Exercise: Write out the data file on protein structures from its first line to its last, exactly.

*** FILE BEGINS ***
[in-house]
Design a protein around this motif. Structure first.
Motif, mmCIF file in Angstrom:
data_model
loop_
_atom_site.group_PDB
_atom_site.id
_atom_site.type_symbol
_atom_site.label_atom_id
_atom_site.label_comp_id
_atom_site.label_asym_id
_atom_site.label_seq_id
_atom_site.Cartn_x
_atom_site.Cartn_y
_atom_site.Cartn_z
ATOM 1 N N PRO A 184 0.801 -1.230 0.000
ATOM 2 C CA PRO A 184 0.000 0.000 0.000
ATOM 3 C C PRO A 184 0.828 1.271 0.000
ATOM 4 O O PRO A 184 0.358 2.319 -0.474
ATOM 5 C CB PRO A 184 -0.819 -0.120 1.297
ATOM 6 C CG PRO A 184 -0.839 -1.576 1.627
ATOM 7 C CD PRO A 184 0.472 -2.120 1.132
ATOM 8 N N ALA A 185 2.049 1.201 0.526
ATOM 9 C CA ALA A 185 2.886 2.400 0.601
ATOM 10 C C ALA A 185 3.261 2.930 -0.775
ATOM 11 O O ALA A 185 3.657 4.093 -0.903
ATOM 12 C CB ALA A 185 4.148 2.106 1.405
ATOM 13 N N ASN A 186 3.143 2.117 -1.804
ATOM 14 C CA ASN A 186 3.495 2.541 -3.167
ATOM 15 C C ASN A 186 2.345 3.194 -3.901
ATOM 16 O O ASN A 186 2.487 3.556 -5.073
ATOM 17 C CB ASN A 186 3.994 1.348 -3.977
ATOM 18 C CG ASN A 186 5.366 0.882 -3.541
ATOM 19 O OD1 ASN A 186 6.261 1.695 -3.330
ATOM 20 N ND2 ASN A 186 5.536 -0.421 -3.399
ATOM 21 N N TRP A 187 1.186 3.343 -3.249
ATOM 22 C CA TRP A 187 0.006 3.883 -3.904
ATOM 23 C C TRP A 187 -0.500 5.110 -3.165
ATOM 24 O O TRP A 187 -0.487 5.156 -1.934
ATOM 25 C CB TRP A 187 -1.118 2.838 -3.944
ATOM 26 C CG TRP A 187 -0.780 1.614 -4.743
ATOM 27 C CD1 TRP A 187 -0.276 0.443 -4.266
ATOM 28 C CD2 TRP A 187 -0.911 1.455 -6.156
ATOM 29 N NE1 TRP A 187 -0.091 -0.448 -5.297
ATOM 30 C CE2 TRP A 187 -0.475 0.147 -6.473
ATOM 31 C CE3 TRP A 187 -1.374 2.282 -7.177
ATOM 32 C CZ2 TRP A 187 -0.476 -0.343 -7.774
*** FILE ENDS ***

[in-house]
Design a protein around this motif. Structure first.
Motif, mmCIF file in Angstrom:
data_model
loop_
_atom_site.group_PDB
_atom_site.id
_atom_site.type_symbol
_atom_site.label_atom_id
_atom_site.label_comp_id
_atom_site.label_asym_id
_atom_site.label_seq_id
_atom_site.Cartn_x
_atom_site.Cartn_y
_atom_site.Cartn_z
ATOM 1 N N PRO A 184 0.801 -1.230 0.000
ATOM 2 C CA PRO A 184 0.000 0.000 0.000
ATOM 3 C C PRO A 184 0.828 1.271 0.000
ATOM 4 O O PRO A 184 0.358 2.319 -0.474
ATOM 5 C CB PRO A 184 -0.819 -0.120 1.297
ATOM 6 C CG PRO A 184 -0.839 -1.576 1.627
ATOM 7 C CD PRO A 184 0.472 -2.120 1.132
ATOM 8 N N ALA A 185 2.049 1.201 0.526
ATOM 9 C CA ALA A 185 2.886 2.400 0.601
ATOM 10 C C ALA A 185 3.261 2.930 -0.775
ATOM 11 O O ALA A 185 3.657 4.093 -0.903
ATOM 12 C CB ALA A 185 4.148 2.106 1.405
ATOM 13 N N ASN A 186 3.143 2.117 -1.804
ATOM 14 C CA ASN A 186 3.495 2.541 -3.167
ATOM 15 C C ASN A 186 2.345 3.194 -3.901
ATOM 16 O O ASN A 186 2.487 3.556 -5.073
ATOM 17 C CB ASN A 186 3.994 1.348 -3.977
ATOM 18 C CG ASN A 186 5.366 0.882 -3.541
ATOM 19 O OD1 ASN A 186 6.261 1.695 -3.330
ATOM 20 N ND2 ASN A 186 5.536 -0.421 -3.399
ATOM 21 N N TRP A 187 1.186 3.343 -3.249
ATOM 22 C CA TRP A 187 0.006 3.883 -3.904
ATOM 23 C C TRP A 187 -0.500 5.110 -3.165
ATOM 24 O O TRP A 187 -0.487 5.156 -1.934
ATOM 25 C CB TRP A 187 -1.118 2.838 -3.944
ATOM 26 C CG TRP A 187 -0.780 1.614 -4.743
ATOM 27 C CD1 TRP A 187 -0.276 0.443 -4.266
ATOM 28 C CD2 TRP A 187 -0.911 1.455 -6.156
ATOM 29 N NE1 TRP A 187 -0.091 -0.448 -5.297
ATOM 30 C CE2 TRP A 187 -0.475 0.147 -6.473
ATOM 31 C CE3 TRP A 187 -1.374 2.282 -7.177
ATOM 32 C CZ2 TRP A 187 -0.476 -0.343 -7.774